At most schools in Mongolia, I am told, there is a very special room that holds in it the history of the school.
Inside they host an array of artifacts: Trophies earned, medals won, citations garnered, newspaper reports, and so forth.
Last December, I was introduced to this room by my supervisor. We were having a celebration for the coming New Year, and prior to the concerts and gift giving, the nice door on the first floor was finally opened for me.
Camera crews were inside, interviewing teachers, administrators, and the school’s original founder, a stately older gentleman in a grey suit. Students stood outside the doorway to greet their teachers, and young women handed out fermented mare’s milk and an assortment of milk-based treats. The impeccable carpets and colored accent lighting seemed a far-cry from the broken windows, dim halls, and panoply of potted plants that adorned the rest of the school. It felt as though I was transported to a different world.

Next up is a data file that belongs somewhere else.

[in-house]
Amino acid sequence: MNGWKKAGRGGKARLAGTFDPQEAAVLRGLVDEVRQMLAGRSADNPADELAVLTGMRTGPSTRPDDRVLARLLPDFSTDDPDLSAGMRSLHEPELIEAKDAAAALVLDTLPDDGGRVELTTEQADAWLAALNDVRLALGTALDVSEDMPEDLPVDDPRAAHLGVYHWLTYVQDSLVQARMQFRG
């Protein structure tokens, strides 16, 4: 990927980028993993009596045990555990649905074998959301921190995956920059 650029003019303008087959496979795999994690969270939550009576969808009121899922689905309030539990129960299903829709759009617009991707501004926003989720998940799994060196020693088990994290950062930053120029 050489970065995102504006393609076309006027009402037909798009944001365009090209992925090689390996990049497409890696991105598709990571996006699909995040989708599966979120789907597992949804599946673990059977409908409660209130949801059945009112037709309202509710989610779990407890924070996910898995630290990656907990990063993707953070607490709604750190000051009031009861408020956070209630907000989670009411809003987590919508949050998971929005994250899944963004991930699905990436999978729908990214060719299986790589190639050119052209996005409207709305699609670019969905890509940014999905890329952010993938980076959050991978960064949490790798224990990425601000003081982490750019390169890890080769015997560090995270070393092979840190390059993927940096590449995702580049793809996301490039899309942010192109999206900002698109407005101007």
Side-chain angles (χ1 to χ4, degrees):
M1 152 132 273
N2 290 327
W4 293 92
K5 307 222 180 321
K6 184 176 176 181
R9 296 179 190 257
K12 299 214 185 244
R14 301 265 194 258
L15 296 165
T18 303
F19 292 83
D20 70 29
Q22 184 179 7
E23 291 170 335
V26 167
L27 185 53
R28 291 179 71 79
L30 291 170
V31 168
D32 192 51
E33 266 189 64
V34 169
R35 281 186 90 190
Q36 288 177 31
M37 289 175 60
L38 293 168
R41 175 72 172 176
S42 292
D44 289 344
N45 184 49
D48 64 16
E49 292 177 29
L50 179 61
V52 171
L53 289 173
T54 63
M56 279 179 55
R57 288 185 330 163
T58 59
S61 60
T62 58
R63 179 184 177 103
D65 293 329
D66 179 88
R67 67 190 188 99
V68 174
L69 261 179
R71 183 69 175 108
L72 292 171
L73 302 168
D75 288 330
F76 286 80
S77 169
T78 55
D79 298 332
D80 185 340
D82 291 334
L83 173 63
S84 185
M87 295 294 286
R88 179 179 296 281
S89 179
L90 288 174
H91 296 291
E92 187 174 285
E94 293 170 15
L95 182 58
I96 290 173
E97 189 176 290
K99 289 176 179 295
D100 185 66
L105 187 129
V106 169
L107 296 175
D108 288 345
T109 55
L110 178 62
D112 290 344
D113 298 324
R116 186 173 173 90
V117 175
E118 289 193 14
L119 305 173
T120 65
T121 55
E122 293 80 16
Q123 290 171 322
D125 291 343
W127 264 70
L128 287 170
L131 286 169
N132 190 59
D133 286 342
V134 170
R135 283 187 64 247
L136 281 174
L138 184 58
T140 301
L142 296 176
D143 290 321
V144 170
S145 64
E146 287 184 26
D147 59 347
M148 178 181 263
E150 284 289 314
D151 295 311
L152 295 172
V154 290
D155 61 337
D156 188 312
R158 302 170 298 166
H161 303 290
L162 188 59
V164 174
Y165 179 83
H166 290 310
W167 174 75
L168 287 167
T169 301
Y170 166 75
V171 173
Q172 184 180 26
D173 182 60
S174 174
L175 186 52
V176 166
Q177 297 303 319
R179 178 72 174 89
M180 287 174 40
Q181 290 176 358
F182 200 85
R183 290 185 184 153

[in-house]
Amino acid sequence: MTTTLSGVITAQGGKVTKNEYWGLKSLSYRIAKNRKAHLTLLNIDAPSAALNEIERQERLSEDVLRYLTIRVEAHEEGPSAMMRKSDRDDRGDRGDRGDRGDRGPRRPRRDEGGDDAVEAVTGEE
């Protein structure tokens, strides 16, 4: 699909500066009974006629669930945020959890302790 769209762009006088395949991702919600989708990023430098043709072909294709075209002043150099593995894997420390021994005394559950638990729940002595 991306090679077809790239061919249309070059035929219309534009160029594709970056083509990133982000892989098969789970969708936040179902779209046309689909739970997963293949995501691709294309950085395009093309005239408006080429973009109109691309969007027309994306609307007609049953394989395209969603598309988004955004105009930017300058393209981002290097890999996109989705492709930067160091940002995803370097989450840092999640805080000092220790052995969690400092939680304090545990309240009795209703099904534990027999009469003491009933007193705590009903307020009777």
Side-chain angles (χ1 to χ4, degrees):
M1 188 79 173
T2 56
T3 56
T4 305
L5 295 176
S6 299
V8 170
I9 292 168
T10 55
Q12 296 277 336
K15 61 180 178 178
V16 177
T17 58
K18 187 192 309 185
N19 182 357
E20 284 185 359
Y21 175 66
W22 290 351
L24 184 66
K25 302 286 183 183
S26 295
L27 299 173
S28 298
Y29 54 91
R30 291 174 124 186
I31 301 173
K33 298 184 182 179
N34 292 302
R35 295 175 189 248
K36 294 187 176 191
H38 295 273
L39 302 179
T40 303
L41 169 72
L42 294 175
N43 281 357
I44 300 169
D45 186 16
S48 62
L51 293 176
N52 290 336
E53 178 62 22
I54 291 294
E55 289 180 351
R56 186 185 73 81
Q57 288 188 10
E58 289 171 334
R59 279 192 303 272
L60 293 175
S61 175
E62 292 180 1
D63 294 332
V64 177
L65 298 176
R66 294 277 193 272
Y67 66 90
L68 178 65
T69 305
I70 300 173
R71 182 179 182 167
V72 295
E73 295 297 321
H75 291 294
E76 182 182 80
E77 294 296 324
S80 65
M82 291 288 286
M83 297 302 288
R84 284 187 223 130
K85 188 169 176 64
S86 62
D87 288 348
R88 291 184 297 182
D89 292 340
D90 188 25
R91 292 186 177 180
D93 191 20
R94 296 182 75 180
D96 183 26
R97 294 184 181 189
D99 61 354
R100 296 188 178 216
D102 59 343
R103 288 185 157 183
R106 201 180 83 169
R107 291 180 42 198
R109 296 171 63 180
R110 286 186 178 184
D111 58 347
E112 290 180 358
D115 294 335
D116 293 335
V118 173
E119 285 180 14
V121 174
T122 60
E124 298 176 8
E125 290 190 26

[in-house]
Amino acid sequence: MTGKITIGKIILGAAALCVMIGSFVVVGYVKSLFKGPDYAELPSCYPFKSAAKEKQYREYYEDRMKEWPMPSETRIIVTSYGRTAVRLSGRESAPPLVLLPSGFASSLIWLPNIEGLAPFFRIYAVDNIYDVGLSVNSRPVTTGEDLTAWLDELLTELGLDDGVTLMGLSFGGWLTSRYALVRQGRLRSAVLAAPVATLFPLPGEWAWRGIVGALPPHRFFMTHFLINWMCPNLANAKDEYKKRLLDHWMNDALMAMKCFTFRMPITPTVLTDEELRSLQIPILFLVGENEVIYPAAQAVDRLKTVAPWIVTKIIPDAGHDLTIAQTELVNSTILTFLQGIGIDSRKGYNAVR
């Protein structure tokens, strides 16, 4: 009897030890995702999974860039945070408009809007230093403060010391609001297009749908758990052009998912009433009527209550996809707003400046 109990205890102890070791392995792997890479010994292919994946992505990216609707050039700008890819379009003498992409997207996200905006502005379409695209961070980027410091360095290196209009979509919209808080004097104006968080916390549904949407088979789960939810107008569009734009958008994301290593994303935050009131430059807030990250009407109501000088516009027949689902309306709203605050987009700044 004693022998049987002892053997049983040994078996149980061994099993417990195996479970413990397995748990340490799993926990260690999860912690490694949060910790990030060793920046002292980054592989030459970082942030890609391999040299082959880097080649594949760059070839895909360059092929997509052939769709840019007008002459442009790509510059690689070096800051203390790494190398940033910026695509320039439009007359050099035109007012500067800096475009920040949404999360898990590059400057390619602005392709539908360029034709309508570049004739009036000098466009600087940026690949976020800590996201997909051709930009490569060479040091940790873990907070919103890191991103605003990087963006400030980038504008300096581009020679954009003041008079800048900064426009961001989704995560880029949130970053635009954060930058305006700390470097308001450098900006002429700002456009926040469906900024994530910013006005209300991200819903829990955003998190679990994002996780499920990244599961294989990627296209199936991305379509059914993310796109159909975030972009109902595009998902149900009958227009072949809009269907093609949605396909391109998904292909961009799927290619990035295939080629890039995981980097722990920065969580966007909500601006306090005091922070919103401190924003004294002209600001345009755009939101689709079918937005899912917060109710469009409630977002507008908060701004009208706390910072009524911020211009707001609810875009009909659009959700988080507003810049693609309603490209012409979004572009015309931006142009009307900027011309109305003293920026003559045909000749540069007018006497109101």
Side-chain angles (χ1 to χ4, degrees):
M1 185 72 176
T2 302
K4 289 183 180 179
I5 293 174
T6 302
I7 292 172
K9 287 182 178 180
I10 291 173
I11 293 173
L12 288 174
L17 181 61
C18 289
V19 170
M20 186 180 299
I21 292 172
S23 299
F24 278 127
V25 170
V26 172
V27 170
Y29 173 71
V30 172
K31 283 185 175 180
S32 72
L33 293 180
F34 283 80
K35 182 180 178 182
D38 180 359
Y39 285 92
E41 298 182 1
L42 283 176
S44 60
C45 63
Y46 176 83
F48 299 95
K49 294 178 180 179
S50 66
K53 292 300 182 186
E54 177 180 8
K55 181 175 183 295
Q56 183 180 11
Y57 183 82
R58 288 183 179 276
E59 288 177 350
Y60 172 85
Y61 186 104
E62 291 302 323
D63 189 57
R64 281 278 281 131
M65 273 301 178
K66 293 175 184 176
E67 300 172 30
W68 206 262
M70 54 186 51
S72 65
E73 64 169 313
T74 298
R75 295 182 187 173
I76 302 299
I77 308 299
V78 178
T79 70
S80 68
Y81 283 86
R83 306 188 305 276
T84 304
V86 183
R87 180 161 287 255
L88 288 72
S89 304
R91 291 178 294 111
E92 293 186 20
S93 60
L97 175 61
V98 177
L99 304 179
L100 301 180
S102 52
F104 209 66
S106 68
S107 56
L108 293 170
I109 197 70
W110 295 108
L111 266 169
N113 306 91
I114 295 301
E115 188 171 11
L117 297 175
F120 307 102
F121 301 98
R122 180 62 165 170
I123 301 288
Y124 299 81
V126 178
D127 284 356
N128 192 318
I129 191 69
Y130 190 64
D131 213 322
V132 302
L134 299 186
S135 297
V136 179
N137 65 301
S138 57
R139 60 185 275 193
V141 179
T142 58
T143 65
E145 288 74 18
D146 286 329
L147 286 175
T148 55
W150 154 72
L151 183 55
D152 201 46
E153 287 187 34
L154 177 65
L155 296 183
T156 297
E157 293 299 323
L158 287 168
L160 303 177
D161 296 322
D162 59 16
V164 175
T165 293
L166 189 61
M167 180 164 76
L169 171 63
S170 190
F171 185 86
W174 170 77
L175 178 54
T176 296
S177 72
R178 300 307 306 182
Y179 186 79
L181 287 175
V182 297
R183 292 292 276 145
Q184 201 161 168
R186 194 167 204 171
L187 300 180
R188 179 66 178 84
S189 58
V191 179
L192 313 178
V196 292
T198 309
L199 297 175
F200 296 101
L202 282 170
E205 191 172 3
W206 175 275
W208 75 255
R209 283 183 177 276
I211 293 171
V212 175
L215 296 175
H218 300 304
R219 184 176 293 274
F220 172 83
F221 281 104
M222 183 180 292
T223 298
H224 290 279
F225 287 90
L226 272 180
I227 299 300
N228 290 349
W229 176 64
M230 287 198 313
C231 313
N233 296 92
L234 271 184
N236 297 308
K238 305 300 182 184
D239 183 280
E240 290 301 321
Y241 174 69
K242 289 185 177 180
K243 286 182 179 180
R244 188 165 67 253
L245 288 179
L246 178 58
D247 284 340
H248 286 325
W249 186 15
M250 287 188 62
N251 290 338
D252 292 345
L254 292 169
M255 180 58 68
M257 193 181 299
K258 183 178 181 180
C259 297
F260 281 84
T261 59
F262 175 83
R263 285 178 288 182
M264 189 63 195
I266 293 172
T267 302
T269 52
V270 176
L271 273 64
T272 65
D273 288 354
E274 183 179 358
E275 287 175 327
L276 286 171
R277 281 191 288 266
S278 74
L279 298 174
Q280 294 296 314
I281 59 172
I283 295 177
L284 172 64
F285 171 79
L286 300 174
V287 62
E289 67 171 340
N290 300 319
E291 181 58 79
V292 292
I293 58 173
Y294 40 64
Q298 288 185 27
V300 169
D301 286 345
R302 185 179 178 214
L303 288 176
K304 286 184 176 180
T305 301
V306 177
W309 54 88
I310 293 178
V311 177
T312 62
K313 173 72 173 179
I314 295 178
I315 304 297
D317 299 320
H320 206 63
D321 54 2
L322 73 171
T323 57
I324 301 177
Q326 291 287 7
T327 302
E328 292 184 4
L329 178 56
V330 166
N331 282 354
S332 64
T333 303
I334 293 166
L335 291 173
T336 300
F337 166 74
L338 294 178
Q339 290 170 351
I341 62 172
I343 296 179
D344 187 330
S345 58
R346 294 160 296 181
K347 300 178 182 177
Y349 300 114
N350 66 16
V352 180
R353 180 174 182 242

There were new portraits on the walls: collections of individual shots to celebrate the current members of each department. Imagine my surprise when I saw the photo of the foreign language department, with my smiling face smack-dab in the center of 20 women.
Without even knowing it, I have become, even if but for a brief moment, a worthy part of this school’s history. It’s sometimes difficult to see the grander scale, having yourself bogged in the mire of the everyday. In that moment, I saw just how appreciative they were to have me here. It’s nice to feel appreciated.
The Ugly Side of Nationalism (Prose)